Tröhler U (2010). Emil Theodor Kocher (1841-1917).
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© Ulrich Tröhler, Institute of Social and Preventive Medicine (ISPM), University of Bern, Finkenhubelweg 11, CH-3012 Bern, Switzerland, Email:

Cite as: Tröhler U (2010). Emil Theodor Kocher (1841-1917). JLL Bulletin: Commentaries on the history of treatment evaluation (

Emil_Theodor_Kocher_portrait-1Theodor Kocher, the second of six children of an engineer father and a Pietist mother, was born in Bern, Switzerland, on 25 August, 1841. He studied medicine in Bern and Zurich. Having come into contact with Theodor Billroth and witnessed Thomas Spencer Wells performing Switzerland’s first oophorectomy, he decided to become a surgeon.

While on a study trip (1865-66) he met Bernhard von Langenbeck, and volunteered to work in Rudolf Virchow’s laboratory, in Berlin. In London, he observed Spencer Wells paving the way for surgical intervention in the abdominal cavity, previously avoided for fear of lethal infections. Wells’s ‘cleanliness-and-cold-water’ surgery and frank statistics contrasted sharply with the ‘dirty’ surgery Kocher saw in Paris, where professors did not inform students about the fate of operated patients.

After graduation, Kocher became the sole assistant in the Surgical Clinic of Bern University (1866-69) and applied Lister’s anti-septic methods successfully (1867), as confirmed – inadequately! – by the clinic’s decreasing rate of operative mortality. Induced to open a private practice because his marriage to a wealthy young woman demanded that he earn something himself, Kocher studied haemostasis privately in animals. In cadaver experiments, he also invented a method for reducing shoulder subluxations. Kocher was the first Swiss to hold a surgical chair, when succeeding his former chief in Bern, Albert Lücke, as professor of surgery (1872).Despite attempts to persuade him to move to Prague, Vienna and Berlin, Kocher remained in Bern, and was active there until his death on 27 July 1917.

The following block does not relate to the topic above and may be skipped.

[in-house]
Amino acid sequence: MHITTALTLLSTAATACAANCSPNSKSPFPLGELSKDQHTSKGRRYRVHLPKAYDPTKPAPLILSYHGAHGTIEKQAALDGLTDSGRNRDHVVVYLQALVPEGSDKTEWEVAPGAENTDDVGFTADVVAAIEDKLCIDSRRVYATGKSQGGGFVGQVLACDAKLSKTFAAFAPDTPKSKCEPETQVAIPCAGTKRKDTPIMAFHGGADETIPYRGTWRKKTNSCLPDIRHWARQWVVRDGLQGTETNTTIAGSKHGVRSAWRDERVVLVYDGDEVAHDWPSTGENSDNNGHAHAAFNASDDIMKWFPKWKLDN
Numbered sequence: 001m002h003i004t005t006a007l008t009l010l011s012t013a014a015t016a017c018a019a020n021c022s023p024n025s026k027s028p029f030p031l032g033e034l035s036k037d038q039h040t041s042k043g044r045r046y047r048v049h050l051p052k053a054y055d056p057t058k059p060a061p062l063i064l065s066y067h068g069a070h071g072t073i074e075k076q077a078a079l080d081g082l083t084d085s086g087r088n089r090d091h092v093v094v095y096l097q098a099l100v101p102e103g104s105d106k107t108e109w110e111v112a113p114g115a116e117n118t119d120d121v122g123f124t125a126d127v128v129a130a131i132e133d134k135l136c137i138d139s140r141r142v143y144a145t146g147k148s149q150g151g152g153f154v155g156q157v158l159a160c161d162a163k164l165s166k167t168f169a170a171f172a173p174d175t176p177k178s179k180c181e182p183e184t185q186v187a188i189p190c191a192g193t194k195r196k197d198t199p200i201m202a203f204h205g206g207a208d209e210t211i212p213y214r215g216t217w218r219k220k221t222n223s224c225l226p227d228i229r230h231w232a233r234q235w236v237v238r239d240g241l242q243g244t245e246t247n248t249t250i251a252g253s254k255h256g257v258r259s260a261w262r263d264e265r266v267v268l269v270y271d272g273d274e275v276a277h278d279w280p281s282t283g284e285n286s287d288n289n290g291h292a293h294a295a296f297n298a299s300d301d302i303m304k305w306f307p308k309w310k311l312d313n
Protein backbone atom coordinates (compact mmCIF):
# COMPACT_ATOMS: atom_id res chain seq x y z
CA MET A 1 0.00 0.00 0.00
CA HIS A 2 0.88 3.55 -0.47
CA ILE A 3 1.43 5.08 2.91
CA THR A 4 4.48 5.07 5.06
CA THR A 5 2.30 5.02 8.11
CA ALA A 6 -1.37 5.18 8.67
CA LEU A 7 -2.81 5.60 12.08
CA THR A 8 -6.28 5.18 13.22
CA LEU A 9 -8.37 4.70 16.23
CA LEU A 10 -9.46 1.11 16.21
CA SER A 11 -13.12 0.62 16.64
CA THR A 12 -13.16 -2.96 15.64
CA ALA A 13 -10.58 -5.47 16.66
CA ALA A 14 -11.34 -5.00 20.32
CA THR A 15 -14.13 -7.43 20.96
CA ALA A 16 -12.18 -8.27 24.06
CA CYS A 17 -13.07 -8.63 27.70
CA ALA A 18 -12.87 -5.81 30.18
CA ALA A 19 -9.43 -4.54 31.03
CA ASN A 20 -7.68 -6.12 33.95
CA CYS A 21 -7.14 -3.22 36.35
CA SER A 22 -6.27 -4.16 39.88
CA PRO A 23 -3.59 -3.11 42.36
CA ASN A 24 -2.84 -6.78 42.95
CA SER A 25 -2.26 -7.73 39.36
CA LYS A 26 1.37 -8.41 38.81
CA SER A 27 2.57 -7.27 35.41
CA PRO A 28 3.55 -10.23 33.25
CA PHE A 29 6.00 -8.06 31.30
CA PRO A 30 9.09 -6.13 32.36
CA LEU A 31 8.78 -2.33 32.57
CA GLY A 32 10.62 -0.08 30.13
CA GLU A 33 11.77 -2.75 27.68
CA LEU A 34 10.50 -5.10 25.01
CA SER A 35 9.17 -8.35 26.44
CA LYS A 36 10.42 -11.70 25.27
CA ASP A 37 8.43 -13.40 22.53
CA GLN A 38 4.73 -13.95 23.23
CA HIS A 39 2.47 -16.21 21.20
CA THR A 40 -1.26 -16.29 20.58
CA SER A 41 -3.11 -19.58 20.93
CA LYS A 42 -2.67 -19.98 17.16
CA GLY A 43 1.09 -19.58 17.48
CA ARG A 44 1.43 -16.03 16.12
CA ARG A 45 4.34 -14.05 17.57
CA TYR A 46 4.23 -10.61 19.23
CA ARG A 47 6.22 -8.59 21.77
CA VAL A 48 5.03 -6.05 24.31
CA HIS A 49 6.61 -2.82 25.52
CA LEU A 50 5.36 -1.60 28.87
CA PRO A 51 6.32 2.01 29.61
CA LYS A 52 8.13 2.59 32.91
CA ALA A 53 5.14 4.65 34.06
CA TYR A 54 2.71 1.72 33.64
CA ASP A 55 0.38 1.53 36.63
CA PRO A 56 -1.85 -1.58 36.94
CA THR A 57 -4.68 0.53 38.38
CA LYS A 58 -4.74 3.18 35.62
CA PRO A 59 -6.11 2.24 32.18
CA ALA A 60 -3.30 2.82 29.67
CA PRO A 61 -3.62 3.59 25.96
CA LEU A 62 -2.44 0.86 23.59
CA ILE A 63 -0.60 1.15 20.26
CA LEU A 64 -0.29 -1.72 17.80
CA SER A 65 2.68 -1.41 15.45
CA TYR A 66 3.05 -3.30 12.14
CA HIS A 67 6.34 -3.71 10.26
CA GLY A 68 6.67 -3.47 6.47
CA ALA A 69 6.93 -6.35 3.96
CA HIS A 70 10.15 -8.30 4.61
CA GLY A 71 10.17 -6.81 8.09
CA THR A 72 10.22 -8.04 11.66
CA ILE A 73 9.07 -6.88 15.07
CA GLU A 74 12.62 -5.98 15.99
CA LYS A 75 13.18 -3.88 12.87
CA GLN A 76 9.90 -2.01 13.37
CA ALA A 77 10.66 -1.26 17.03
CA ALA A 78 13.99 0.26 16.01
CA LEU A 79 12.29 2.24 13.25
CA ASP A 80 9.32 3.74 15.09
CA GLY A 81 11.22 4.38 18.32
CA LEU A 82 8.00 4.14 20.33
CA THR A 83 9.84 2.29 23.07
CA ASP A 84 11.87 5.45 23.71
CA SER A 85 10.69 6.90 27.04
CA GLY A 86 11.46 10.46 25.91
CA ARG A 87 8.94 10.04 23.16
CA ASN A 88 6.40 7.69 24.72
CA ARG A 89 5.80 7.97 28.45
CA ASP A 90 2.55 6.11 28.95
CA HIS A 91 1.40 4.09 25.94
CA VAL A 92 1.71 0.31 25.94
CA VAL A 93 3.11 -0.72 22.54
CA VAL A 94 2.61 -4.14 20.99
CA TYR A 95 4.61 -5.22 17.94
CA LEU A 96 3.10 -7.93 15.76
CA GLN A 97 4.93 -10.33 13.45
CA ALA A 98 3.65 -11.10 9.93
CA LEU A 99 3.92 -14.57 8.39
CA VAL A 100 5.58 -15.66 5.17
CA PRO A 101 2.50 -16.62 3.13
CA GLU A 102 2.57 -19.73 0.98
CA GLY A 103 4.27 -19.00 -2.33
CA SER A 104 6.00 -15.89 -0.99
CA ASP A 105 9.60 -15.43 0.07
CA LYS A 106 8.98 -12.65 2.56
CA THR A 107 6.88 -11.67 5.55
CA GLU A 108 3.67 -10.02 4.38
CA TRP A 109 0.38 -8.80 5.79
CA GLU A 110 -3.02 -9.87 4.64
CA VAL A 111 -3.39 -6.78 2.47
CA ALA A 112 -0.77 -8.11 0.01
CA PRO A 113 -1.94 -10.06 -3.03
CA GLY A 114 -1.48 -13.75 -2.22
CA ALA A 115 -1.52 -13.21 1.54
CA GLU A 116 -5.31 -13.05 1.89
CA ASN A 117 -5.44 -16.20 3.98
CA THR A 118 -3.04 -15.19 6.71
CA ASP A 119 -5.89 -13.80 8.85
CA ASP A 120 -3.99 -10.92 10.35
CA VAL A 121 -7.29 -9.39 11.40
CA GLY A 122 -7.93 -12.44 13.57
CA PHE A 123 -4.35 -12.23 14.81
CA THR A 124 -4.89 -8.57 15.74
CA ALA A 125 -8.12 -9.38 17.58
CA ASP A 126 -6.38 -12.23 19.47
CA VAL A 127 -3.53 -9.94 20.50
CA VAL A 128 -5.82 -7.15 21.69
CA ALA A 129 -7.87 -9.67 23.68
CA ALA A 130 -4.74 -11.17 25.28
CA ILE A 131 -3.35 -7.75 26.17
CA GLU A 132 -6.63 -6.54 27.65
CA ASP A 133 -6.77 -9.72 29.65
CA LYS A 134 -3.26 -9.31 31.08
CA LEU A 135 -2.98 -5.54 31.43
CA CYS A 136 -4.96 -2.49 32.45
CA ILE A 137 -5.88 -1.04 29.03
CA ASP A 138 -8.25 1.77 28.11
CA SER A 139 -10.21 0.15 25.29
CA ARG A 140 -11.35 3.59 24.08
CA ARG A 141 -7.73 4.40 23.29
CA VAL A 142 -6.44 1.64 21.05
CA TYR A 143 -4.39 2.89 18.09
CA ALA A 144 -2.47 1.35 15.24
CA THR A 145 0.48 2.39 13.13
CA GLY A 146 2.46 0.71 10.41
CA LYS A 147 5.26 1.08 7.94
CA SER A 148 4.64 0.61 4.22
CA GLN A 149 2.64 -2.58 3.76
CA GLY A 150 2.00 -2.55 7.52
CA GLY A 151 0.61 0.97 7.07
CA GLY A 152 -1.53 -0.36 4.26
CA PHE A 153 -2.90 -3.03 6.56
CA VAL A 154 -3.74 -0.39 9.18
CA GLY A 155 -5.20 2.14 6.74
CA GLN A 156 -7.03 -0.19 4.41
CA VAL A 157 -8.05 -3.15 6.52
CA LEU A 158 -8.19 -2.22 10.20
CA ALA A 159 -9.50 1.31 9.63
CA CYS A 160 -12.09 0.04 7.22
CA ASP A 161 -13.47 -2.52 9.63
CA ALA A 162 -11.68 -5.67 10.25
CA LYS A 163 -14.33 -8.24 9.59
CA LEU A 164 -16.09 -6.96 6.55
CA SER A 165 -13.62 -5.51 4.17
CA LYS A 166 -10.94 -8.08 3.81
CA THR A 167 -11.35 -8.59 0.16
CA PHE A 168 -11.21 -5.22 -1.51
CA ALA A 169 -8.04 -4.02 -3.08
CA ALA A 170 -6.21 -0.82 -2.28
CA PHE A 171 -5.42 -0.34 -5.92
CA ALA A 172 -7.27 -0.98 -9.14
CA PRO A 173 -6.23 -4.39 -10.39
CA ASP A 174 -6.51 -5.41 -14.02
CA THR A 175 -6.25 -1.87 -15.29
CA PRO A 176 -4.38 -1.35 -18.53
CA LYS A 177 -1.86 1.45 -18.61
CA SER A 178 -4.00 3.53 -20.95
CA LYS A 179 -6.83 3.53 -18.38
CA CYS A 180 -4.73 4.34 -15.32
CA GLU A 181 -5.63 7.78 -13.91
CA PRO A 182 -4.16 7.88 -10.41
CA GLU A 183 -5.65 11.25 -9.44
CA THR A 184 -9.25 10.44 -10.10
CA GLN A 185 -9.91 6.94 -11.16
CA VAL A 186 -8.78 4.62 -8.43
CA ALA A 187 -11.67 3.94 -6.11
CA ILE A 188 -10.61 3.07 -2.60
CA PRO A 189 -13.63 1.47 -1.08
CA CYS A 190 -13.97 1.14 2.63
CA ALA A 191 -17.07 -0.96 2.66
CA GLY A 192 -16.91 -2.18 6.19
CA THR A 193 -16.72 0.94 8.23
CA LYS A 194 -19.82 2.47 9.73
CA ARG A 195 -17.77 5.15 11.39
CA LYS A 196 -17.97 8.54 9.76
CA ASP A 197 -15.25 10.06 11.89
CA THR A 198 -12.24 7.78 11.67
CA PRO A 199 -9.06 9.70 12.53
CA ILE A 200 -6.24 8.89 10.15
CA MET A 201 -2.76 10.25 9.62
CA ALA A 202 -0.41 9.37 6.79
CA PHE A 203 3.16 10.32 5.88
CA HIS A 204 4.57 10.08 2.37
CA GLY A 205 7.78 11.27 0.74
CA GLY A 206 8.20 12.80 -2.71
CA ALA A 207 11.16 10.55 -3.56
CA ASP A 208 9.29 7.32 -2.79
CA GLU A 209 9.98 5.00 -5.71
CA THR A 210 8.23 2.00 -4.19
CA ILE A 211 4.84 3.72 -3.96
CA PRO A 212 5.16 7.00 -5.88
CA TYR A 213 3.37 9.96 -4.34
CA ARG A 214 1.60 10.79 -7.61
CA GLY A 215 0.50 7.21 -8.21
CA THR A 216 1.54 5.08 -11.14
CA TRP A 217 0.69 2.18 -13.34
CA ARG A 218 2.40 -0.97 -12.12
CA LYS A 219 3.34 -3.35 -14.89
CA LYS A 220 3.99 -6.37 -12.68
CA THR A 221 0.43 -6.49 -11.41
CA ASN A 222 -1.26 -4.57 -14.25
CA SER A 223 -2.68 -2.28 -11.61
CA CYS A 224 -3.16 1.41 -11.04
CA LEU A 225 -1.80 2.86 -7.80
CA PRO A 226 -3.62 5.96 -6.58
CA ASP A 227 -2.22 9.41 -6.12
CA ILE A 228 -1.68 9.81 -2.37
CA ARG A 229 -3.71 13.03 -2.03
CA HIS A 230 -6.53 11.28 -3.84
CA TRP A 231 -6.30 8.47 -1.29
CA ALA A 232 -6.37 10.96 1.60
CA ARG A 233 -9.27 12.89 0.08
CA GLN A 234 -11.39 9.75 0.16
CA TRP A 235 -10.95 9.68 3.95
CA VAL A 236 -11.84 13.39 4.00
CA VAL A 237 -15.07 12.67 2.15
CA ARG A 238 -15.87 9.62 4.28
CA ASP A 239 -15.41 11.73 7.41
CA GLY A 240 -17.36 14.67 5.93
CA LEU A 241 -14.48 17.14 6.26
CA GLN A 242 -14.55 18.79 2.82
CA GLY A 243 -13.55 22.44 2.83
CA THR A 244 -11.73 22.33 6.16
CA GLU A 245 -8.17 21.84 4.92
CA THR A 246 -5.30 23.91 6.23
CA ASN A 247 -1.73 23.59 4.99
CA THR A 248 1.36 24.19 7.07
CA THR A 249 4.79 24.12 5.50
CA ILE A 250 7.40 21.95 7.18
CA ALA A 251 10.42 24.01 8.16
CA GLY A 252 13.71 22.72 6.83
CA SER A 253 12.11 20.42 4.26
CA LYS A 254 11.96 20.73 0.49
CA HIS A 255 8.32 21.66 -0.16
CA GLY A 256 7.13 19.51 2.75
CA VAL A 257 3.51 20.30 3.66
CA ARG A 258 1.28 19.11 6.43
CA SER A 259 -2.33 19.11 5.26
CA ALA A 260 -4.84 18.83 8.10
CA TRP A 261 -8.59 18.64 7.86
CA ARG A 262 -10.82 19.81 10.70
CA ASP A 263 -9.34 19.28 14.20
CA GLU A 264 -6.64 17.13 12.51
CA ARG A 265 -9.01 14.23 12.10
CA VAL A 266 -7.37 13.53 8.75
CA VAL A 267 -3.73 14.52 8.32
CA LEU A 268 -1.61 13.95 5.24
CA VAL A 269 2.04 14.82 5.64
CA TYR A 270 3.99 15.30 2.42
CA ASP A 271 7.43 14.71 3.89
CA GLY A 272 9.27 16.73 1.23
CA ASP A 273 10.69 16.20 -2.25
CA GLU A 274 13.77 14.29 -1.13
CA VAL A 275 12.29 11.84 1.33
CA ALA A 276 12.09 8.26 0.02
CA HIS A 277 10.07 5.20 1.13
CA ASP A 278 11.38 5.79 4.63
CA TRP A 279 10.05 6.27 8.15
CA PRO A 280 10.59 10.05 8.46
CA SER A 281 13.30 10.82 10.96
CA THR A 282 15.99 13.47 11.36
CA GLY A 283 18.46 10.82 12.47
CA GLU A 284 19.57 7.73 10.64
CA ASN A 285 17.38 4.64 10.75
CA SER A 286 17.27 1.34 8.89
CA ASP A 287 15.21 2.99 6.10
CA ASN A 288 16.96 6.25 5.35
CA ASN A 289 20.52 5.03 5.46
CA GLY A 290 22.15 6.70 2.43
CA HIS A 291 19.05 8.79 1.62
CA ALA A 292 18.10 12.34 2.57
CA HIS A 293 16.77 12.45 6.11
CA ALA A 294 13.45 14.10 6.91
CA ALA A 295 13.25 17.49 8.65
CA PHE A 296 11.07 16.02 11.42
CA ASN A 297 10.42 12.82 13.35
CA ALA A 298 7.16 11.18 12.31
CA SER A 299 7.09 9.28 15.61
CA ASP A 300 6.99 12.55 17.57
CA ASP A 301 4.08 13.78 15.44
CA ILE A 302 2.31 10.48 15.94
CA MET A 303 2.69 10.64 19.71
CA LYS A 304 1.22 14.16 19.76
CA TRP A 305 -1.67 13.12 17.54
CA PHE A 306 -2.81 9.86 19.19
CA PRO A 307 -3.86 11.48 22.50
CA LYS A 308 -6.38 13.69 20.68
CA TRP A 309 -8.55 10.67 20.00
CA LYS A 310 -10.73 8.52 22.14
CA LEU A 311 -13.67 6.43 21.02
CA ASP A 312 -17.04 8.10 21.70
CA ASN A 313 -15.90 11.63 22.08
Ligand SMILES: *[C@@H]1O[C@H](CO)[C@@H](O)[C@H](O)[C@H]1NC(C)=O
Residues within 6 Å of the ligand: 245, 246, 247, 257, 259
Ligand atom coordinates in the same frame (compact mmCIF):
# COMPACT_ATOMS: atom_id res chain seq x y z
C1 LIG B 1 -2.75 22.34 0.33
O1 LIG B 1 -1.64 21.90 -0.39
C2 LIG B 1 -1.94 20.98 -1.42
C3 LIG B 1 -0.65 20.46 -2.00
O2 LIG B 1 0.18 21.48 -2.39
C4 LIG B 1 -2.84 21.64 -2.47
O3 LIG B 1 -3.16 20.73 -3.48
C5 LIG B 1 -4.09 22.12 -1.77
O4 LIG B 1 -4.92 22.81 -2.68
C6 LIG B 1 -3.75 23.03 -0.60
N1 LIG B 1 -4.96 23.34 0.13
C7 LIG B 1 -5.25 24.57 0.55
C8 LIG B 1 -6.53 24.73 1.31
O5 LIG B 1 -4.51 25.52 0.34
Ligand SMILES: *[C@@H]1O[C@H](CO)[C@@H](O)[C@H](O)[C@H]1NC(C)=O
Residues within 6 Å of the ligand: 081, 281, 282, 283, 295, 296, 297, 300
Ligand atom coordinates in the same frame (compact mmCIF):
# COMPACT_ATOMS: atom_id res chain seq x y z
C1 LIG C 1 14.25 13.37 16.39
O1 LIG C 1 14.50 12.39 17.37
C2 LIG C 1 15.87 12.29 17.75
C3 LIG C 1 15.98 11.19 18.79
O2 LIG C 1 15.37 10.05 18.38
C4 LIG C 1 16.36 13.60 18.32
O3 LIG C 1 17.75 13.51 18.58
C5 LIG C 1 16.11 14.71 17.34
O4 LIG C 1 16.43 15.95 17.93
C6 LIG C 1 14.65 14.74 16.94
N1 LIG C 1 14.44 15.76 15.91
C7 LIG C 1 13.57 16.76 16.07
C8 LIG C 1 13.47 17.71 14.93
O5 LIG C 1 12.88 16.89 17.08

Kocher was anglophile, which was quite exceptional for a continental surgeon of his – and later – times. This was motivated by the impact of Spencer Wells’s approach to abdominal surgery in the 1860s. As a young professor he wrote to Lister promptly and soon travelled again to London (1875). He visited the UK another 8 times till 1913, either for international medical congresses, meetings of the British Medical Association or of the Royal College of Surgeons of England, or to give the annual oration of the Medical Society of London. The Society conferred on him in 1889 the first of 31 honorary memberships, four of which were in London. He liked to write letters to his wife in English.

Kocher’s surgery was initially based on morbid anatomy, and aimed to remove diseased tissue. He began resecting tuberculous foci in bones and joints, a procedure challenged from the 1890s by conservative high alpine climate therapy and after 1910 by radiotherapy. Early in his career he also began systematizing the technique of goiter extirpation. By the end of his life he had performed more than 4000 goiter operations. His discovery that his complete removal of goitrous thyroids had led to the development of cretinism particularly in young patients (Kocher 1883; Slater 2010; Tröhler 2010) led him to consider functional aspects of surgical therapy and to resume physiological research: